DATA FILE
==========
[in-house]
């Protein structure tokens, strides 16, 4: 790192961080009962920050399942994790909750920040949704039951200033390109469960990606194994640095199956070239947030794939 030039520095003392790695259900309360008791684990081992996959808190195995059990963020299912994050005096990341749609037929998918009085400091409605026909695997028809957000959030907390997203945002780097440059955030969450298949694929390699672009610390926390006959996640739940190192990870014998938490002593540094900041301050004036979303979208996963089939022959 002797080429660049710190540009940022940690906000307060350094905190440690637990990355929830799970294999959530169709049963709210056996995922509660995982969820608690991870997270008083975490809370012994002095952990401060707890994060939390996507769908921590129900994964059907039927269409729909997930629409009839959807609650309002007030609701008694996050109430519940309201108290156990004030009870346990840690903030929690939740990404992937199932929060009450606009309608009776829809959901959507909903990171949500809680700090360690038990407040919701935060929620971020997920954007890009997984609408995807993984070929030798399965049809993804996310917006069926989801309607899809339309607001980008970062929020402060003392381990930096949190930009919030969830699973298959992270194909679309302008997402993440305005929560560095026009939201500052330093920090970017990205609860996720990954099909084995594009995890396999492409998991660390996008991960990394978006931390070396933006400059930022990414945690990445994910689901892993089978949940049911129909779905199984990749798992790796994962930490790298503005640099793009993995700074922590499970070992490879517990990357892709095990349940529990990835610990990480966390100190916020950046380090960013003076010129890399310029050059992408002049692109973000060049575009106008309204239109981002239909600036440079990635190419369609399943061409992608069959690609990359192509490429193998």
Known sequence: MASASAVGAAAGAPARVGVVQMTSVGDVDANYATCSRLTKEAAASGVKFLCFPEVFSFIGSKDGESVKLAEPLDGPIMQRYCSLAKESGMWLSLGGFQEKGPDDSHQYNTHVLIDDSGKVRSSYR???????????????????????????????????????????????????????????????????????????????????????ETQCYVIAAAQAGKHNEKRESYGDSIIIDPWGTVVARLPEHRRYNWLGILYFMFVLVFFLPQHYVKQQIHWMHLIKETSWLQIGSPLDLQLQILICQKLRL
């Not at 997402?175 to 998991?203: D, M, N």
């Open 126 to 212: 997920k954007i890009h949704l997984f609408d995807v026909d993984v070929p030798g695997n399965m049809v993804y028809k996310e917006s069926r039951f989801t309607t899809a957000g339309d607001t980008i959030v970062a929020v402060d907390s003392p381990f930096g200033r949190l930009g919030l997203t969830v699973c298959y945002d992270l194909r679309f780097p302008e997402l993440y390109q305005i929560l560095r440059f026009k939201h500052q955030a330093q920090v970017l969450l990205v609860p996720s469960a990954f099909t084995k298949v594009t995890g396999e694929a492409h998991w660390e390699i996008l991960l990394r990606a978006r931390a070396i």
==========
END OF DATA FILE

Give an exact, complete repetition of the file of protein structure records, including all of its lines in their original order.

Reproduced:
[in-house]
């Protein structure tokens, strides 16, 4: 790192961080009962920050399942994790909750920040949704039951200033390109469960990606194994640095199956070239947030794939 030039520095003392790695259900309360008791684990081992996959808190195995059990963020299912994050005096990341749609037929998918009085400091409605026909695997028809957000959030907390997203945002780097440059955030969450298949694929390699672009610390926390006959996640739940190192990870014998938490002593540094900041301050004036979303979208996963089939022959 002797080429660049710190540009940022940690906000307060350094905190440690637990990355929830799970294999959530169709049963709210056996995922509660995982969820608690991870997270008083975490809370012994002095952990401060707890994060939390996507769908921590129900994964059907039927269409729909997930629409009839959807609650309002007030609701008694996050109430519940309201108290156990004030009870346990840690903030929690939740990404992937199932929060009450606009309608009776829809959901959507909903990171949500809680700090360690038990407040919701935060929620971020997920954007890009997984609408995807993984070929030798399965049809993804996310917006069926989801309607899809339309607001980008970062929020402060003392381990930096949190930009919030969830699973298959992270194909679309302008997402993440305005929560560095026009939201500052330093920090970017990205609860996720990954099909084995594009995890396999492409998991660390996008991960990394978006931390070396933006400059930022990414945690990445994910689901892993089978949940049911129909779905199984990749798992790796994962930490790298503005640099793009993995700074922590499970070992490879517990990357892709095990349940529990990835610990990480966390100190916020950046380090960013003076010129890399310029050059992408002049692109973000060049575009106008309204239109981002239909600036440079990635190419369609399943061409992608069959690609990359192509490429193998």
Known sequence: MASASAVGAAAGAPARVGVVQMTSVGDVDANYATCSRLTKEAAASGVKFLCFPEVFSFIGSKDGESVKLAEPLDGPIMQRYCSLAKESGMWLSLGGFQEKGPDDSHQYNTHVLIDDSGKVRSSYR???????????????????????????????????????????????????????????????????????????????????????ETQCYVIAAAQAGKHNEKRESYGDSIIIDPWGTVVARLPEHRRYNWLGILYFMFVLVFFLPQHYVKQQIHWMHLIKETSWLQIGSPLDLQLQILICQKLRL
């Not at 997402?175 to 998991?203: D, M, N």
């Open 126 to 212: 997920k954007i890009h949704l997984f609408d995807v026909d993984v070929p030798g695997n399965m049809v993804y028809k996310e917006s069926r039951f989801t309607t899809a957000g339309d607001t980008i959030v970062a929020v402060d907390s003392p381990f930096g200033r949190l930009g919030l997203t969830v699973c298959y945002d992270l194909r679309f780097p302008e997402l993440y390109q305005i929560l560095r440059f026009k939201h500052q955030a330093q920090v970017l969450l990205v609860p996720s469960a990954f099909t084995k298949v594009t995890g396999e694929a492409h998991w660390e390699i996008l991960l990394r990606a978006r931390a070396i």